Stereogum’s 40 Best New Bands Of 2016

Stereogum’s 40 Best New Bands Of 2016


CREDIT: Peter Senzamici

LOCATION: Brooklyn, NY

Doing political music well is a wobbly tightrope walk that many artists and bands don’t have the balance for, but art-punk quartet Pill took huge, confident steps on their debut Convenience. Veronica Torres keeps the ear intrigued with a deft mix of poetry, rants, laments, affirmations, and daggers — all with mark-leaving bite — and the band has a matching sound that lifts them all to resounding heights. And when they drop knowledge from up there, it doesn’t fall like an Acme anvil on your head. It’s more like a feather you’ll barely feel that will leave you with just as big a lump. –Collin


CREDIT: Andrew Piccone

LOCATION: Montclair, NJ

This Jersey band is a product of the same emo revival scene that gave us Modern Baseball and plenty of bands that sound like Modern Baseball. And Pinegrove’s yelpy sincerity fits in with that, but it also reaches back to the dusty, anthemic Americana of the alt-country universe, as well as the insular and instinctive guitargasms of Built To Spill. Together all those elements blur together to turn Cardinal, technically the band’s debut, into one of the most heartfelt and cathartic guitar-rock records we’ve heard in some time — a piece of the sort of prime road-trip music that almost nobody makes anymore. –Tom


CREDIT: Elliott Brown Jr.


There’s no easy way to describe the music that Josiah Wise makes as serpentwithfeet. It’s devotional R&B folding in on itself, a gothic landscape of pops and hisses and string rondos and virtuosic melisma. Wise is trained for classical music, and there’s an element of that in there, too. But there’s also the forbidding murk of collaborator the Haxan Cloak, who produced Wise’s blisters EP. It’s music that tears itself apart beautifully. Wise himself calls it “pagan gospel,” and that’s as good a description as anything else. –Tom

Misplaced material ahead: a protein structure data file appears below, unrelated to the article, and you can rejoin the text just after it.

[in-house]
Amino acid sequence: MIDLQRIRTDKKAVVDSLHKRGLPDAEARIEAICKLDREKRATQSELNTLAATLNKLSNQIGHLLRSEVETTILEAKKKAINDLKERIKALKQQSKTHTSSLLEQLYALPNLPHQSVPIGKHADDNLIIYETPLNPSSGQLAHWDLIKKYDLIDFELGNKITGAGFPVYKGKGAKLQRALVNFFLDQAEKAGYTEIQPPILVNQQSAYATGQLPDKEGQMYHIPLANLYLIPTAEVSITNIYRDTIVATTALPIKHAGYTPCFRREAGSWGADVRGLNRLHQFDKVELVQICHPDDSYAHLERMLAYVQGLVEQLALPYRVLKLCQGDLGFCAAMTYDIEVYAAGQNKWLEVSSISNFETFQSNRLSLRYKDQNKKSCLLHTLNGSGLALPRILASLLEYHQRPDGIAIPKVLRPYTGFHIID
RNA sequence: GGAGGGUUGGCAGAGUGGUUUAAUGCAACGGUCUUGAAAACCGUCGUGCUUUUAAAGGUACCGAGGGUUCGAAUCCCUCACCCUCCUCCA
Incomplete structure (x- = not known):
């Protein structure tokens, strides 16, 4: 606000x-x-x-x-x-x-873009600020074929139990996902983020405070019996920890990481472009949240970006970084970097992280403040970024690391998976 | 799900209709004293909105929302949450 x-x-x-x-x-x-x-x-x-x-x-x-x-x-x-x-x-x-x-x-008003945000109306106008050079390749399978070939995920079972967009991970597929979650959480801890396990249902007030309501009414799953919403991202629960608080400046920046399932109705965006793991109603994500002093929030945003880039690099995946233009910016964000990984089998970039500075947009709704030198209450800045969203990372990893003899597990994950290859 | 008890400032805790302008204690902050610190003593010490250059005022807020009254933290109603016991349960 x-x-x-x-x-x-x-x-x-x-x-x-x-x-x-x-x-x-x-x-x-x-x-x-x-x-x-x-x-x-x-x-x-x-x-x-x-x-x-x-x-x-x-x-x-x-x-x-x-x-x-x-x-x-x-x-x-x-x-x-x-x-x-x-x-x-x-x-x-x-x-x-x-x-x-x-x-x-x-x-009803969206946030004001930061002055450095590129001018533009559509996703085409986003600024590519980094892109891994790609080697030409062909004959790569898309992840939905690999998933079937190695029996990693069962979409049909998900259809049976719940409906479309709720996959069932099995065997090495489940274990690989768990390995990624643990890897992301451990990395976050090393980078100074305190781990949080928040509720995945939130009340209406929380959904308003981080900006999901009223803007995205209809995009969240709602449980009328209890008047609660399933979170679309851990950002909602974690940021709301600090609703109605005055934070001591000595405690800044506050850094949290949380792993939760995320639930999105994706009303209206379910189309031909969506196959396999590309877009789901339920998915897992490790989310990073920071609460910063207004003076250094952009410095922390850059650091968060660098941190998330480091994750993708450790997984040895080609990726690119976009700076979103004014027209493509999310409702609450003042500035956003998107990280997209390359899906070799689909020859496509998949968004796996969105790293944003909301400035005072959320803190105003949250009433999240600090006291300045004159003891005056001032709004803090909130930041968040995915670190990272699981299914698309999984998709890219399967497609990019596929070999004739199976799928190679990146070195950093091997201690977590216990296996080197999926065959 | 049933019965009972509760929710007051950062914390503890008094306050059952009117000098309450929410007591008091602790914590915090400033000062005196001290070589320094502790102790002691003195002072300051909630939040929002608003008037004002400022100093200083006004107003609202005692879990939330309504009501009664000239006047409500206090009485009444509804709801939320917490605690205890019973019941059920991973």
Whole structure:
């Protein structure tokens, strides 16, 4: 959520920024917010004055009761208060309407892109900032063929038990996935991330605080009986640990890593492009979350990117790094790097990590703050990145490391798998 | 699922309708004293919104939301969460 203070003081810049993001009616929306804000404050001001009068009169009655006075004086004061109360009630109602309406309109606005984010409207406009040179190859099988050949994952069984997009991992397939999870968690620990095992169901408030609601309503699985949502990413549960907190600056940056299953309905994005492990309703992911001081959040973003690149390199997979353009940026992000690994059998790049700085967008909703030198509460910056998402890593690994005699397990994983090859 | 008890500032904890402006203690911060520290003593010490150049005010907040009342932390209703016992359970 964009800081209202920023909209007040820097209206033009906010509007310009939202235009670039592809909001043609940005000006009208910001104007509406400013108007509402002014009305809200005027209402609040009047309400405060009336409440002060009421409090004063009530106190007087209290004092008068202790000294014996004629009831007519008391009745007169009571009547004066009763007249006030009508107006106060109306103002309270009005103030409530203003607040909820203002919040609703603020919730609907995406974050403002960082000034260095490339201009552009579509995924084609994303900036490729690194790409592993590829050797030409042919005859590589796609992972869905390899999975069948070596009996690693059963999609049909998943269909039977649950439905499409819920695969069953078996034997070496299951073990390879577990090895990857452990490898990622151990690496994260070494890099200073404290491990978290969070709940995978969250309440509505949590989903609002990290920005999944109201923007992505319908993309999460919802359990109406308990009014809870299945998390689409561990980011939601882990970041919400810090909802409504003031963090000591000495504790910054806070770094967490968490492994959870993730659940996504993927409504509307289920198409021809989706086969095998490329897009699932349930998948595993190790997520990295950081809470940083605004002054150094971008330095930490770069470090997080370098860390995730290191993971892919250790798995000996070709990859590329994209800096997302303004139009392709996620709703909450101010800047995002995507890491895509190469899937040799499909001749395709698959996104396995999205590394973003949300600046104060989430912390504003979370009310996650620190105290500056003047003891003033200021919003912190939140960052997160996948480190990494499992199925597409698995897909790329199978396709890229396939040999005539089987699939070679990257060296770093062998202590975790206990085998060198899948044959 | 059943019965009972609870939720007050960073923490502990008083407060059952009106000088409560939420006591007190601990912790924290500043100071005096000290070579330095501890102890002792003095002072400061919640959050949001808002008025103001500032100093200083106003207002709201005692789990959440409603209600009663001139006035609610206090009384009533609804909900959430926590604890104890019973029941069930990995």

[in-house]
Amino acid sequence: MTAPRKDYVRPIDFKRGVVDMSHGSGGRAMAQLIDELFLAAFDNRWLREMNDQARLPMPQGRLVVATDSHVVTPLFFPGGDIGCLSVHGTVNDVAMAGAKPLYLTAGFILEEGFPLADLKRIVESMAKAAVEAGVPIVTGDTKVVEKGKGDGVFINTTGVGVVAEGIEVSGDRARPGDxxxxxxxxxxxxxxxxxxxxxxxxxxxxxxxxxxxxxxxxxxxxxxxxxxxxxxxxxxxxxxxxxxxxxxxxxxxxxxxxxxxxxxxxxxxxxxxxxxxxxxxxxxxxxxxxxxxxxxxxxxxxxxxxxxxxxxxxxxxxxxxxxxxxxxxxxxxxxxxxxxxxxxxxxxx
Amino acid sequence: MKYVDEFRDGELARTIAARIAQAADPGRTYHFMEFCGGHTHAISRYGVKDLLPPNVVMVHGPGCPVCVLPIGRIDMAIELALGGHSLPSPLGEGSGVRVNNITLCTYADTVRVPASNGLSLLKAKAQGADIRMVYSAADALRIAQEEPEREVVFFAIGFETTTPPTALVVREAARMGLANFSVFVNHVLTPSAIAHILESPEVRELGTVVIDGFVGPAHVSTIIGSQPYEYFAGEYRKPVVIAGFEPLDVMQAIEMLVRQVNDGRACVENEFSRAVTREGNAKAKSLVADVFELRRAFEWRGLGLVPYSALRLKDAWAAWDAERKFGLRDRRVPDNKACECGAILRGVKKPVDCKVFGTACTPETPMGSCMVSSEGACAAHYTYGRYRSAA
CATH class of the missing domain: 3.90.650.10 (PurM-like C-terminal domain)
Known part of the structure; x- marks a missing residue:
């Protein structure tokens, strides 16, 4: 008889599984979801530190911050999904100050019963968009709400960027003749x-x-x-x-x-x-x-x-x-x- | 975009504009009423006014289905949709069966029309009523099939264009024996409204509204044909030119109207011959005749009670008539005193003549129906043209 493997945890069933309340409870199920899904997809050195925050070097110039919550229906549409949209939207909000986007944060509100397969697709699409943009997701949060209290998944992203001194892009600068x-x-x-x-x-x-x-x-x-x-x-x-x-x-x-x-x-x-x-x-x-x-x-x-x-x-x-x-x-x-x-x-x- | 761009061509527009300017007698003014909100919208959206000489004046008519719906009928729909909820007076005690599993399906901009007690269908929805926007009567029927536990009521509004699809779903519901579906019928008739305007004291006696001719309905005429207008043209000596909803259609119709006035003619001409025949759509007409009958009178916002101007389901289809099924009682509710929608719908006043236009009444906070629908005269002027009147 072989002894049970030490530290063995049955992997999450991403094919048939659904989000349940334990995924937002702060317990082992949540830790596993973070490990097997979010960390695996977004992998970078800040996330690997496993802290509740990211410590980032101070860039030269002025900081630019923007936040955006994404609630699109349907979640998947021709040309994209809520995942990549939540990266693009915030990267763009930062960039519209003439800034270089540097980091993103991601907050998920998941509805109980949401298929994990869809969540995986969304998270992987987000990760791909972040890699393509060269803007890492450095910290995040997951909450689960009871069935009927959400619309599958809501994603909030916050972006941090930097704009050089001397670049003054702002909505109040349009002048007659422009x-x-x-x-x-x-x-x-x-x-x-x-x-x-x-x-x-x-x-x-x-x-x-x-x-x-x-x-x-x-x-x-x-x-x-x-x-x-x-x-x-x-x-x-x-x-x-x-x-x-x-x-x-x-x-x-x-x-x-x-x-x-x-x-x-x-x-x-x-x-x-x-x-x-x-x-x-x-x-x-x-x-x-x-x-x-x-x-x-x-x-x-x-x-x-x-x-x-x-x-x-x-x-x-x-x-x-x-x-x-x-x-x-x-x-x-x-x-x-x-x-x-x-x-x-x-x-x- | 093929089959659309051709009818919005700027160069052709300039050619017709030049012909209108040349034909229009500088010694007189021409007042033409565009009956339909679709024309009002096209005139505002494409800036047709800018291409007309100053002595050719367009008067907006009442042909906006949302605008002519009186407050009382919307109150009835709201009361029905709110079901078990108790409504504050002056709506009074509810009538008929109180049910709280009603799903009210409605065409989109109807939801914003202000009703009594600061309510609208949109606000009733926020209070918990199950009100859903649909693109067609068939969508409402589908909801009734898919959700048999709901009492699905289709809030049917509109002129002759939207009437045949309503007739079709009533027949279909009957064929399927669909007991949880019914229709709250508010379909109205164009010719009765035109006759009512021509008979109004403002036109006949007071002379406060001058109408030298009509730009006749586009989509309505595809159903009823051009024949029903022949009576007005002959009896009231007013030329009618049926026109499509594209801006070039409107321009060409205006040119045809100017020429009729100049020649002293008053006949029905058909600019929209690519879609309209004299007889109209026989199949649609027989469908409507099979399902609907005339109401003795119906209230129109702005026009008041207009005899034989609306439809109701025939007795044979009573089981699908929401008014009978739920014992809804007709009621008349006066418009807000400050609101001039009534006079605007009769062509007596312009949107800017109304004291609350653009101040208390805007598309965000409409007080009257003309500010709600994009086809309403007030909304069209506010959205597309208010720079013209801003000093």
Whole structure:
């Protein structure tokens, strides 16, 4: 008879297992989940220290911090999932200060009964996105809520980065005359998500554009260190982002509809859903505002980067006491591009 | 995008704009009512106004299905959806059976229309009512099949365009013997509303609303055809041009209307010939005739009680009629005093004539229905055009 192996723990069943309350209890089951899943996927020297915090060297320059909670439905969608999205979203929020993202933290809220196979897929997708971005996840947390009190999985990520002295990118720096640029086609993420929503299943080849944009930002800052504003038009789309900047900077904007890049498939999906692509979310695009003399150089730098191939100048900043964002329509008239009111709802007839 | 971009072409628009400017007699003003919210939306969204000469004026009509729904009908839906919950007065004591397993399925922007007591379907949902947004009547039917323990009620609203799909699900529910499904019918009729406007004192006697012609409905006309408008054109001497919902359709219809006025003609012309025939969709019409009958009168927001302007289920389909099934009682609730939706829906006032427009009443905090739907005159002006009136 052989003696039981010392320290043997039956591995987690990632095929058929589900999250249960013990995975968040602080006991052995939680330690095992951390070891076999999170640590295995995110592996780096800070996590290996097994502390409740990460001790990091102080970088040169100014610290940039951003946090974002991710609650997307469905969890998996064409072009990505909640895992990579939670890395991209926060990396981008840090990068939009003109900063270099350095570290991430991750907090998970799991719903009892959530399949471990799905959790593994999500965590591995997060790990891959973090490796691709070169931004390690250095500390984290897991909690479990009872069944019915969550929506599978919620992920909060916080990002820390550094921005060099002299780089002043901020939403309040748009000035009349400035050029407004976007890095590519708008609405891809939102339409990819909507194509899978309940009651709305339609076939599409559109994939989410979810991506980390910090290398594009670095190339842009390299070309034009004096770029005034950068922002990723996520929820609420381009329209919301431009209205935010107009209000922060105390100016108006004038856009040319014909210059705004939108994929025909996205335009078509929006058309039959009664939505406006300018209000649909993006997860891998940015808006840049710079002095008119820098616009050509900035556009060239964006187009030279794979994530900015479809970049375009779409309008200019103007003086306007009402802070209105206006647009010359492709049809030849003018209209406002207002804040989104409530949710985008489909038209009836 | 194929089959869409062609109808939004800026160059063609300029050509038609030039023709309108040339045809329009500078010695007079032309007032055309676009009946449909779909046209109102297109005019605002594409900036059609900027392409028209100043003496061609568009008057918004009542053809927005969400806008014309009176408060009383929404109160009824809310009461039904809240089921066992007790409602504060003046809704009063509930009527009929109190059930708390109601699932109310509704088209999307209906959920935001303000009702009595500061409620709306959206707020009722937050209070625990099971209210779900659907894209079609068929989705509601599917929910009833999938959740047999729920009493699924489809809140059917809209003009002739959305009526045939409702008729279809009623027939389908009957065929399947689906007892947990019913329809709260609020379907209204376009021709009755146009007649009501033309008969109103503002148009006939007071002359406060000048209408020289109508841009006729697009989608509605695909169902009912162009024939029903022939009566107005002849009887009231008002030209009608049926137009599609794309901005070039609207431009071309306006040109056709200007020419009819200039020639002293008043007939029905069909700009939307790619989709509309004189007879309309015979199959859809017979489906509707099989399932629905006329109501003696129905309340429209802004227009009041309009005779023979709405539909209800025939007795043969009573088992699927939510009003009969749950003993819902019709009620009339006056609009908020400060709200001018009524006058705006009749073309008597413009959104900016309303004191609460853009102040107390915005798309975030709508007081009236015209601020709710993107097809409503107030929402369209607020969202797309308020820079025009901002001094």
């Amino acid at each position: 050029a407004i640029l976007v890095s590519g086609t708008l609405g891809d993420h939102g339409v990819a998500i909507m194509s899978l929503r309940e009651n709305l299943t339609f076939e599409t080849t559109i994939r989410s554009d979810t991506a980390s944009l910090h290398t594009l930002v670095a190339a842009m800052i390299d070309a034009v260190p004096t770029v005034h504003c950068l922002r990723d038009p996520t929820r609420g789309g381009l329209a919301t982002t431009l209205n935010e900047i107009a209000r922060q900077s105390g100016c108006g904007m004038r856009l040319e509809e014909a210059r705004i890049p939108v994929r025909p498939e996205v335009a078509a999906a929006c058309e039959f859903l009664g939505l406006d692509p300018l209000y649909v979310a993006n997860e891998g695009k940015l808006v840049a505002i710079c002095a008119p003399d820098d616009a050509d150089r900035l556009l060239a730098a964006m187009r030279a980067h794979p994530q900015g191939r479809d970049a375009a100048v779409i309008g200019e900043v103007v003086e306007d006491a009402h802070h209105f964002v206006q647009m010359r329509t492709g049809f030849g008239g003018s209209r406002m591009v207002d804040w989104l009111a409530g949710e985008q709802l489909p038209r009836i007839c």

Show Me The Body

CREDIT: Samuel Eugene


Show Me The Body is a band name that promises intensity, and Show Me The Body are a band that delivers. All three members have spent their whole lives in New York City, and their debut full-length Body War sounds like the product of an entire city’s accumulated waste and pollution and corruption, twisting hardcore, hip-hop, and post-punk into one roiling mass of distorted riffs and lurching rhythms. They play “underground” music in the sense that’s it’s subterranean and dark and sweaty, and they play it like they just crawled out of a sewer and they’re pissed off about the smell. –Peter

Soccer Mommy

CREDIT: Justin Fargiano


The songs on For Young Hearts — Soccer Mommy’s fourth release in the past year and her most fully-realized yet — play out the warm haze of love in slow motion, chronicling its promising initial spark, inevitable deadening, and all the wishy-washy emotions in between. The casual way in which Sophie Allison sings “I’m think I’m falling, baby, and I won’t ever let you go” on highlight “Skinned Knees” speaks to how easy it is to slip into old habits and new loves, and how absolutely enchanting Soccer Mommy’s music can be. –James